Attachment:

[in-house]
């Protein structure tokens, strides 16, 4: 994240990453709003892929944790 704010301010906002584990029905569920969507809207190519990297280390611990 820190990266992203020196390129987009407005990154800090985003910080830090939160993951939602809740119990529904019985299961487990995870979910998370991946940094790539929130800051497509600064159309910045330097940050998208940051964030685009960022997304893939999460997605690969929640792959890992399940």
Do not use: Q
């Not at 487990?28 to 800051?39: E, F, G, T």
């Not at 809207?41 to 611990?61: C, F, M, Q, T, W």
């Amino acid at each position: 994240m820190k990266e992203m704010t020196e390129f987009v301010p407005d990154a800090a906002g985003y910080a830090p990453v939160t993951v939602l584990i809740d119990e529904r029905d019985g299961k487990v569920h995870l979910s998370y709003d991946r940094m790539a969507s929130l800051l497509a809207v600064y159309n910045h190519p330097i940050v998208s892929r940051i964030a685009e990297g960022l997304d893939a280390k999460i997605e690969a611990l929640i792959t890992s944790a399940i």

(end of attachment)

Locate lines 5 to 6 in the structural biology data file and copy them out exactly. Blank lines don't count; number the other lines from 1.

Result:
């Not at 809207?41 to 611990?61: C, F, M, Q, T, W």
């Amino acid at each position: 994240m820190k990266e992203m704010t020196e390129f987009v301010p407005d990154a800090a906002g985003y910080a830090p990453v939160t993951v939602l584990i809740d119990e529904r029905d019985g299961k487990v569920h995870l979910s998370y709003d991946r940094m790539a969507s929130l800051l497509a809207v600064y159309n910045h190519p330097i940050v998208s892929r940051i964030a685009e990297g960022l997304d893939a280390k999460i997605e690969a611990l929640i792959t890992s944790a399940i």